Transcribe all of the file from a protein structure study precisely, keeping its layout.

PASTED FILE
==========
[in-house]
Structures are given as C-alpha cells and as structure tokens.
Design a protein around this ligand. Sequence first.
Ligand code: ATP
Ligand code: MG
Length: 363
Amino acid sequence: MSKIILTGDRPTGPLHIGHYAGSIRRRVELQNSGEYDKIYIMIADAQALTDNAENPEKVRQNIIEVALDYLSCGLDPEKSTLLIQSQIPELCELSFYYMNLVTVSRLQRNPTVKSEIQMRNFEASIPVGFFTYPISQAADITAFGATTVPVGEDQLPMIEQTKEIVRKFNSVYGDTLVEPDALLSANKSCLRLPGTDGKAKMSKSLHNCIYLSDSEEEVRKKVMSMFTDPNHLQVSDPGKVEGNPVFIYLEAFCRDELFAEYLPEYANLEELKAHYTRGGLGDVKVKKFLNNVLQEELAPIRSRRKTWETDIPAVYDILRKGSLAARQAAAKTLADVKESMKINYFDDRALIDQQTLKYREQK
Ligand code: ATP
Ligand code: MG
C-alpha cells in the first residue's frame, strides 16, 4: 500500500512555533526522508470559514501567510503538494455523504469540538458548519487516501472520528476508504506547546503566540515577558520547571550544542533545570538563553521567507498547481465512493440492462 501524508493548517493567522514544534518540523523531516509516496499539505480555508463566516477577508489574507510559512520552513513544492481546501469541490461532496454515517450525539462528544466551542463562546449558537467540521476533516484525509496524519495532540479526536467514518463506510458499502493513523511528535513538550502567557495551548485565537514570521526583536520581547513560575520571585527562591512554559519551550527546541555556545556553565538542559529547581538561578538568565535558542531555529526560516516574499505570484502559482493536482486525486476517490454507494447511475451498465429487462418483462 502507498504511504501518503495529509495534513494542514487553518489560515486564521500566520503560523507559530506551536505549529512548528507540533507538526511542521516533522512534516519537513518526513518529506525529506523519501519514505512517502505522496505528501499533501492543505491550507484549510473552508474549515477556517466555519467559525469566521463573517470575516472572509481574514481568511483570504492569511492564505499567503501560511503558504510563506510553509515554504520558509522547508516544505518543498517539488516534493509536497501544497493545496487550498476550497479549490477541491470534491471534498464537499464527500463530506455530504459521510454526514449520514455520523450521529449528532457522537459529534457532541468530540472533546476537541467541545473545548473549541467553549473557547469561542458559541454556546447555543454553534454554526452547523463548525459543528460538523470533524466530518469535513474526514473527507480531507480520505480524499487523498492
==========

[in-house]
Structures are given as C-alpha cells and as structure tokens.
Design a protein around this ligand. Sequence first.
Ligand code: ATP
Ligand code: MG
Length: 363
Amino acid sequence: MSKIILTGDRPTGPLHIGHYAGSIRRRVELQNSGEYDKIYIMIADAQALTDNAENPEKVRQNIIEVALDYLSCGLDPEKSTLLIQSQIPELCELSFYYMNLVTVSRLQRNPTVKSEIQMRNFEASIPVGFFTYPISQAADITAFGATTVPVGEDQLPMIEQTKEIVRKFNSVYGDTLVEPDALLSANKSCLRLPGTDGKAKMSKSLHNCIYLSDSEEEVRKKVMSMFTDPNHLQVSDPGKVEGNPVFIYLEAFCRDELFAEYLPEYANLEELKAHYTRGGLGDVKVKKFLNNVLQEELAPIRSRRKTWETDIPAVYDILRKGSLAARQAAAKTLADVKESMKINYFDDRALIDQQTLKYREQK
Ligand code: ATP
Ligand code: MG
C-alpha cells in the first residue's frame, strides 16, 4: 500500500512555533526522508470559514501567510503538494455523504469540538458548519487516501472520528476508504506547546503566540515577558520547571550544542533545570538563553521567507498547481465512493440492462 501524508493548517493567522514544534518540523523531516509516496499539505480555508463566516477577508489574507510559512520552513513544492481546501469541490461532496454515517450525539462528544466551542463562546449558537467540521476533516484525509496524519495532540479526536467514518463506510458499502493513523511528535513538550502567557495551548485565537514570521526583536520581547513560575520571585527562591512554559519551550527546541555556545556553565538542559529547581538561578538568565535558542531555529526560516516574499505570484502559482493536482486525486476517490454507494447511475451498465429487462418483462 502507498504511504501518503495529509495534513494542514487553518489560515486564521500566520503560523507559530506551536505549529512548528507540533507538526511542521516533522512534516519537513518526513518529506525529506523519501519514505512517502505522496505528501499533501492543505491550507484549510473552508474549515477556517466555519467559525469566521463573517470575516472572509481574514481568511483570504492569511492564505499567503501560511503558504510563506510553509515554504520558509522547508516544505518543498517539488516534493509536497501544497493545496487550498476550497479549490477541491470534491471534498464537499464527500463530506455530504459521510454526514449520514455520523450521529449528532457522537459529534457532541468530540472533546476537541467541545473545548473549541467553549473557547469561542458559541454556546447555543454553534454554526452547523463548525459543528460538523470533524466530518469535513474526514473527507480531507480520505480524499487523498492